Jennie reveals BLACKPINK “worked nonstop without rest” the first three years

"We were on tour for a year and a half. For a year and a half I didn’t have a home"

BLACKPINK‘s Jennie has opened up about how hectic the girl group’s lives were the first three years after their debut.

The K-pop idol recently sat down with Rolling Stone as part of the girl group’s special cover edition with the news outlet, during which she recalled BLACKPINK’s first three years together and how they had “worked nonstop without resting” at the time.

“I became sick, both mentally and physically, after the last world tour ended [in 2020],” she shared, before adding that she wanted to be as “vague” as possible about the details, as this wasn’t something she wished to share with fans in too much detail as they might worry.


“For three years after debuting, we worked nonstop without resting,” Jennie added. “Our sleep systems were breaking down; we weren’t eating properly; I wasn’t hydrating myself – we did that for three to four years, and then started our tour. We were on tour for a year and a half. For a year and a half I didn’t have a home.”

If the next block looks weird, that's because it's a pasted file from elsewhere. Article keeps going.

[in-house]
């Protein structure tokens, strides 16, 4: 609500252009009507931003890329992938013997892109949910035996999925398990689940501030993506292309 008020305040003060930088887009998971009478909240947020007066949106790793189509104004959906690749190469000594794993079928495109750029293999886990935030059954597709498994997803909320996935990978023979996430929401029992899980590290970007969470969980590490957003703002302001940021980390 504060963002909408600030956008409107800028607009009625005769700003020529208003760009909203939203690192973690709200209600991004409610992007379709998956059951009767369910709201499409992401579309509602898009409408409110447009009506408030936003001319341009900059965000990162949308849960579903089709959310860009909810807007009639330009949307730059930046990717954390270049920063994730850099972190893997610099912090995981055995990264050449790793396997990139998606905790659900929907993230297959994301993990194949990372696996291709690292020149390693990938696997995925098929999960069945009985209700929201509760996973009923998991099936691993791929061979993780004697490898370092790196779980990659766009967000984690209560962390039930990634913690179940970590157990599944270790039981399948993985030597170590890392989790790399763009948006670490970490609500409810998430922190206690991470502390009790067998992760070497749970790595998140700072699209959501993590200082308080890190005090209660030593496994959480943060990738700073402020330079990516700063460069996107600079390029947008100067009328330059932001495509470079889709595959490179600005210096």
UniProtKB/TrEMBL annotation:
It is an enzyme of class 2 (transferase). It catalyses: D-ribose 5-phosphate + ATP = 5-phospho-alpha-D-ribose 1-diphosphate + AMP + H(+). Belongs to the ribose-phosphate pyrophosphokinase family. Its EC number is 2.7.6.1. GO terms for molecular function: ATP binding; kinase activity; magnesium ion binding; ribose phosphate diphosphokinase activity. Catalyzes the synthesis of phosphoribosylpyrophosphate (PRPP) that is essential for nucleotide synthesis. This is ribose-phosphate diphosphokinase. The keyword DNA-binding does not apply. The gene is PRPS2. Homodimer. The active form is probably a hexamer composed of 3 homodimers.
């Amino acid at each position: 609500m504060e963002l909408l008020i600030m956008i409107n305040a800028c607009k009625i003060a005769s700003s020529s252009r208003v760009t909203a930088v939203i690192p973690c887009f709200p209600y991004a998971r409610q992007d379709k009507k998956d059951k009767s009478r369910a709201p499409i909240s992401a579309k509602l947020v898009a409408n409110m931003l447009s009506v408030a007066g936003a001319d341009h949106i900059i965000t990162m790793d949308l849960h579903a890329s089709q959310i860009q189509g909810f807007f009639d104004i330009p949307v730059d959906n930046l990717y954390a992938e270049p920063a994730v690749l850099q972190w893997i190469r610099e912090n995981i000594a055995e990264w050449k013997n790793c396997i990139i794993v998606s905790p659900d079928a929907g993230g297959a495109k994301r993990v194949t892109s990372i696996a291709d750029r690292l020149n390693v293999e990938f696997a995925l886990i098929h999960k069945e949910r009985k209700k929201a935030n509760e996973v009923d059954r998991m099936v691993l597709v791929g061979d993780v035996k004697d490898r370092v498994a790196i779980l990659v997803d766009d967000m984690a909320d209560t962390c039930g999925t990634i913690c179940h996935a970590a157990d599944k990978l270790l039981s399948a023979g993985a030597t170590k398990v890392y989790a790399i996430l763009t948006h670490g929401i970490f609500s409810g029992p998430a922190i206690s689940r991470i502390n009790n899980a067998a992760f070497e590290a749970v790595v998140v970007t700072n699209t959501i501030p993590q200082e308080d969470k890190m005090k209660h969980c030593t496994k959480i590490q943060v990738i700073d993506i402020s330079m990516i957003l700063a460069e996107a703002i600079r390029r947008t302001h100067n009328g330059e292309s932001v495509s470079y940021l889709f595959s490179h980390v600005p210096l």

The singer then revealed that the strenuous nature of BLACKPINK’s schedules at the time had put a heavy toll on her healt. “If I touched something I’d have an allergic reaction. I had no immune system at all, but we needed to keep touring,” Jennie shared.

“When the tour was done, we got some time off to be at home. Back then, I didn’t have time to learn how to take care of myself. I’m a very delicate person,” Jennie said.

Jennie’s past experience being burnt out by back-to-back commitments has now allowed her to prepare for the group’s impending comeback and tour. She shared: “These days, because we’re preparing for our comeback and planning our tour, I think every day, ‘OK, how do I prepare myself for my next busy two years?'”

In a previous Rolling Stone interview with all four members, the girl group touched on the pressures of being a trainee in the K-pop system. The members revealed that while their agency YG Entertainment had provided them mental health classes and therapy during that time, they had found those unhelpful.

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